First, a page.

Law change in South Korea boosts female leadership at LG

Lee Jung-ae and Park Ae-ri are the first female CEOs at LG Group and among the major business groups in South Korea

LG Group has appointed two female chief executives in its annual executive reshuffle, marking a major milestone for diversity at the Group.

The appointments of Lee Jung-ae and Park Ae-ri not only mark the first time that women have held CEO roles at LG Group but also the first time that women have held the reins among South Korea’s chaebols (large industrial South Korean conglomerates – Samsung, SK, Hyundai, LG) excluding inheriting the role as a family member.

These appointments will see the number of female executives at LG Group rise to 64, double that of 2018.

This follows the introduction of a new law, enforced in August, in the country which demands that listed companies with assets of US$1.5bn or more should appoint at least one women director.

The law seems to be working. Recent research found more women taking up leadership roles at Korea corporations.

More women take up leadership roles in South Korea in 2022 thanks to new law

Research from UnicoSearch found that 5.6% of leadership positions (executives, directors, and large shareholders with significant influence over the companies) were held by women – marking the first time the 5% mark has been broken.

This compares to 8.2% of Fortune 500 CEOs who are female in the US.

Samsung has the most women in leadership roles, 65 in the first quarter; and while the electronics giant does have a female at CEO level – Hotel Shilla CEO Lee Boo-jin holds president and CEO roles at Samsung as she is heir to the business as the granddaughter of the founder.

Similarly, Daesang, Hanjin Shipping, and Hasol Chemical all have female leaders (Lim Se-ryung, Cho Hyun-ming, and Yeon-joo, respectively) who are part of the families that own the companies.

Other top conglomerates Hyundai Motor Group, SK, Lotte and GS do not have female CEOs.

Companies in the tech and financial sectors in South Korea have been active with female CEO appointments this year. Naver tapped CEO Choi Soo-Yeon in March, while both Kakao and KT named female CEOs, the first time for each company. Shinhan Financial Group hired a female CEO (Cho Kyung-seon) to take the helm of its IT unit Shinhan DS; while Hana Financial Group appointed Nog Yu-jung as the group’s first woman CEO to head its affiliate Hana Fund service.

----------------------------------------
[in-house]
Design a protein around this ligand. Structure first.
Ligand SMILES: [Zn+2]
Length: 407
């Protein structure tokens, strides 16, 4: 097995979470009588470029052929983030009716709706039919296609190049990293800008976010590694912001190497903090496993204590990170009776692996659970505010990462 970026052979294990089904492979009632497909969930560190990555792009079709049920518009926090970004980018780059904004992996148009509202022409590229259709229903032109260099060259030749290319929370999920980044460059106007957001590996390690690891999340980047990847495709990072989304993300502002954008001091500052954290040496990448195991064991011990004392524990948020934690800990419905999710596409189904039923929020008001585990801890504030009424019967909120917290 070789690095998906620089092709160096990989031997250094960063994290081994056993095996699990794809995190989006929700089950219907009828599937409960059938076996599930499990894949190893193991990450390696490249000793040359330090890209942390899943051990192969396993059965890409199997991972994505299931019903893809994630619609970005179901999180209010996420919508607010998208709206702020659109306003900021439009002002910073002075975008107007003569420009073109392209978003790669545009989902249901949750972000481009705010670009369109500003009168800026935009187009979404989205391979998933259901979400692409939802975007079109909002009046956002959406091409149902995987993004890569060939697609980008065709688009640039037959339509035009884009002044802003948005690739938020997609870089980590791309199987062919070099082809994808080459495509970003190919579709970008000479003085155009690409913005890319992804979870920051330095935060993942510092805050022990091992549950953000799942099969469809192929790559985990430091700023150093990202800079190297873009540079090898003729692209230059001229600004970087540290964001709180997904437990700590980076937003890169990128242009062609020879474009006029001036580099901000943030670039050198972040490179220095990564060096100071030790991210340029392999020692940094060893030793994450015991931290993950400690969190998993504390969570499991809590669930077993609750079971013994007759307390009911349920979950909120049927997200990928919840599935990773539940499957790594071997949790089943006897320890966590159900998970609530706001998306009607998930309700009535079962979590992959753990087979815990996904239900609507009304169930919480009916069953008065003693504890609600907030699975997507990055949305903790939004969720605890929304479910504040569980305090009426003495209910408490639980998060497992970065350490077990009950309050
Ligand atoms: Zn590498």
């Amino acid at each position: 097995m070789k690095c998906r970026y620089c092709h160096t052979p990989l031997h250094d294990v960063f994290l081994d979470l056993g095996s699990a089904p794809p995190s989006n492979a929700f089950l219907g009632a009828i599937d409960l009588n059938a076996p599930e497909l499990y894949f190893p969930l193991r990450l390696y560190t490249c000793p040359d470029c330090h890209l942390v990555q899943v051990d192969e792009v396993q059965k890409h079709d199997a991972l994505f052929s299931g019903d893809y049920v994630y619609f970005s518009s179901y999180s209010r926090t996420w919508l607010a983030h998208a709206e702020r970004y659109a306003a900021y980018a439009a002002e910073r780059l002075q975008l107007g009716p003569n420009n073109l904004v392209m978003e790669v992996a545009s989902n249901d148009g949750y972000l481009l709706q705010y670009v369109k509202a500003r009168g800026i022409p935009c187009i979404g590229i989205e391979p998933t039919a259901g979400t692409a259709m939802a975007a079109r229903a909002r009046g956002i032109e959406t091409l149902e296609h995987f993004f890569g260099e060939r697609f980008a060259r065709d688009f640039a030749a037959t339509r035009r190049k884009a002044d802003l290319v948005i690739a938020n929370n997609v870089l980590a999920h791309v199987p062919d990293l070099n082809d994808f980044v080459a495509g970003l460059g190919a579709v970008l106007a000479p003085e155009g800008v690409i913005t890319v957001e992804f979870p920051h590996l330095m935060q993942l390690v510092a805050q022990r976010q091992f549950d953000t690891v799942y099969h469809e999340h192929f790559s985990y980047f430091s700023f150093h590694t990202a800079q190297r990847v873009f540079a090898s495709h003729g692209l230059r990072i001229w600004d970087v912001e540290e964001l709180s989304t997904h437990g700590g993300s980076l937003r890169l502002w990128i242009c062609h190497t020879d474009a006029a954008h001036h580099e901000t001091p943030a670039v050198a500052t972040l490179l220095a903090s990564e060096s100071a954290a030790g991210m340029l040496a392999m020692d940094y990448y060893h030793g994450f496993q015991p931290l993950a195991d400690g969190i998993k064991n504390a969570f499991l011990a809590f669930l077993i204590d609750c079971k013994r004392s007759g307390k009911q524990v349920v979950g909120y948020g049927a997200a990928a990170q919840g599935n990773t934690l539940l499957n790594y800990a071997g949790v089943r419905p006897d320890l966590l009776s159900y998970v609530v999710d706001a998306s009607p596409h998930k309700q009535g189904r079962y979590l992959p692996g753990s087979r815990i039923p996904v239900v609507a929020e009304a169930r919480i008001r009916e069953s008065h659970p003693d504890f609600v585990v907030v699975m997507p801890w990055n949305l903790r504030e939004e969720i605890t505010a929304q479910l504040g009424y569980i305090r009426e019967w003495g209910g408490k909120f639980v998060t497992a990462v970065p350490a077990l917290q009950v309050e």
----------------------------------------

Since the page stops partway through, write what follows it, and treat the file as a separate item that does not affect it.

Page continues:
Lee Jung-ae

LG Group focus on women and youth in executive reshuffle

At LG Group, the fourth largest conglomerate in South Korea, the appointments of Lee Jung-ae and Park Ae-ri are significant – taking the number of female executives at LG Group to 64. Also significant is the fact that of the 116 new executives promoted at LG, more than 90% were 52 years or younger with its youngest executive aged 39.

This executive reshuffle for 2023 is focused on “designing the future by deploying talented professionals with potential and expertise as new executives to lead LG’s future”, the LG Group said in a statement.

Lee Jung-ae, 59, has been appointed as CEO of LG’s Household & Health Care business, the first female to run the business, and replacing Cha Suk Yong who stepped down after 18 years in the role.

Lee Jung-ae, 59, has been with LG H&H for more than 35 years, and is credited with the success of cosmetics brands including Whoo. O Hui and Sum 37. Moving from her role as SVP of H&H and head of Coca-Cola Korea, she is now tasked with undertaking a turnaround of H&H which has seen a decline in profit over the past year – down 44.5% in the first three-quarters of 2022 compared to last year.

Following the appointment of its first-ever female CEO within the firm, LG Group then named its second female CEO with Park Ae-ri taking the reins of LG’s advertising unit G II R.

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